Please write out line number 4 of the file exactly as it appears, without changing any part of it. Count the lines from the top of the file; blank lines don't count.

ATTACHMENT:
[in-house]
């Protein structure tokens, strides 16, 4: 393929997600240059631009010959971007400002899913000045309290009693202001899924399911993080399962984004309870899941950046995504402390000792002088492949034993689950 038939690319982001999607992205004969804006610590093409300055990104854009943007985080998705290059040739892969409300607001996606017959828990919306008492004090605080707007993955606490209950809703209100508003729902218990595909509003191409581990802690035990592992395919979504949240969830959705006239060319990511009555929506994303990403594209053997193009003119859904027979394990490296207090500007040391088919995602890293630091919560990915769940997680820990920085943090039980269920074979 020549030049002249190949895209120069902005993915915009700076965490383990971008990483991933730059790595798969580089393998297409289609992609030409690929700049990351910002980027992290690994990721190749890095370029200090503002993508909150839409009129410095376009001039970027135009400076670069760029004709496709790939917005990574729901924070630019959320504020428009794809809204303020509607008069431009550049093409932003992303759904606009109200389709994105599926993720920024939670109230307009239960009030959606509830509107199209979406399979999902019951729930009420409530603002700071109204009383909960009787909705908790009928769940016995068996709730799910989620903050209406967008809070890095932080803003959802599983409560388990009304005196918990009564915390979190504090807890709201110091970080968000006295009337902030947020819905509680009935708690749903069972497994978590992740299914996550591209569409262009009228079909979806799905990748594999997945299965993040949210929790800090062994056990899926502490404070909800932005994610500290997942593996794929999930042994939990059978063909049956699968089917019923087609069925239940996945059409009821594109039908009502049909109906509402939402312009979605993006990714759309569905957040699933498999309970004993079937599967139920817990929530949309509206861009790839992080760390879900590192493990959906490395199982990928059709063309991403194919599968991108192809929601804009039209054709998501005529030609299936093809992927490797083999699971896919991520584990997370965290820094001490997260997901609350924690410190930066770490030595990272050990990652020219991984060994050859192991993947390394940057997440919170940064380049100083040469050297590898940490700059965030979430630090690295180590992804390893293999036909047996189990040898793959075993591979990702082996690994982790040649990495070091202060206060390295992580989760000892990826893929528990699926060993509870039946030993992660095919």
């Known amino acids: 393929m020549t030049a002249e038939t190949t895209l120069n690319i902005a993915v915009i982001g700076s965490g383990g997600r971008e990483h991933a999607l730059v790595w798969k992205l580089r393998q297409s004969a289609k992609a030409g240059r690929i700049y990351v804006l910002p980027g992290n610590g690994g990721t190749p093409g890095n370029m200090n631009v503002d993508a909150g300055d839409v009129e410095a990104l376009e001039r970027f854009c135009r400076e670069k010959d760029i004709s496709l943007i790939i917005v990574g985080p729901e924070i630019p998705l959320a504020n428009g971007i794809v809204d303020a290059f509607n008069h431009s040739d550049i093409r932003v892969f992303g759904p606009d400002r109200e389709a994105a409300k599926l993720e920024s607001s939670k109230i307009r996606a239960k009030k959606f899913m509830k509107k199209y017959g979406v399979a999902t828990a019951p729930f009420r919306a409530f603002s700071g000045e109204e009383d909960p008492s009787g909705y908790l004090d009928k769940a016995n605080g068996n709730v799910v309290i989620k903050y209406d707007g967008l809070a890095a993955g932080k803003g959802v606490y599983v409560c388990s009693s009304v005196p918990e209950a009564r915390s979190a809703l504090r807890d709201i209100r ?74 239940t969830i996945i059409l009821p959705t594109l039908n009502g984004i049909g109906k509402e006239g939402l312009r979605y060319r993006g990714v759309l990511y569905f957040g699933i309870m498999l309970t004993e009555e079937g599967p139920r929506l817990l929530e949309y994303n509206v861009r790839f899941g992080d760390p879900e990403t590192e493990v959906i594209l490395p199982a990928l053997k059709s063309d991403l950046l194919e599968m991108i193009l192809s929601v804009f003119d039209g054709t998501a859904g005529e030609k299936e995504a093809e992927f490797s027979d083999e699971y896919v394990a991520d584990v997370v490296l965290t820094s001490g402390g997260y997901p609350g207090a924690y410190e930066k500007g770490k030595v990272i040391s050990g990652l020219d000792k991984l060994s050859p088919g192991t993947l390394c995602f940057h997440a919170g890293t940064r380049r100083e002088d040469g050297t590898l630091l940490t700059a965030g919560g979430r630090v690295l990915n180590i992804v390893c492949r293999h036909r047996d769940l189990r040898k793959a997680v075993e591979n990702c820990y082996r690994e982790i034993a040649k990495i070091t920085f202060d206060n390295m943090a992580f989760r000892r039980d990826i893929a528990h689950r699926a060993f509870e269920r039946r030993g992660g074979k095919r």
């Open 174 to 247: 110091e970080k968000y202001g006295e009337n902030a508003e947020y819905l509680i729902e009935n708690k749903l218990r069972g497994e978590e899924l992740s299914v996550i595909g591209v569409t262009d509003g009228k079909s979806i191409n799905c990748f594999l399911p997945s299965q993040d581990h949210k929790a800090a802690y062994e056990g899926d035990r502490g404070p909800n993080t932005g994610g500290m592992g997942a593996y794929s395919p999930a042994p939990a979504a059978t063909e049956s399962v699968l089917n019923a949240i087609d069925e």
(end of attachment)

């Open 174 to 247: 110091e970080k968000y202001g006295e009337n902030a508003e947020y819905l509680i729902e009935n708690k749903l218990r069972g497994e978590e899924l992740s299914v996550i595909g591209v569409t262009d509003g009228k079909s979806i191409n799905c990748f594999l399911p997945s299965q993040d581990h949210k929790a800090a802690y062994e056990g899926d035990r502490g404070p909800n993080t932005g994610g500290m592992g997942a593996y794929s395919p999930a042994p939990a979504a059978t063909e049956s399962v699968l089917n019923a949240i087609d069925e």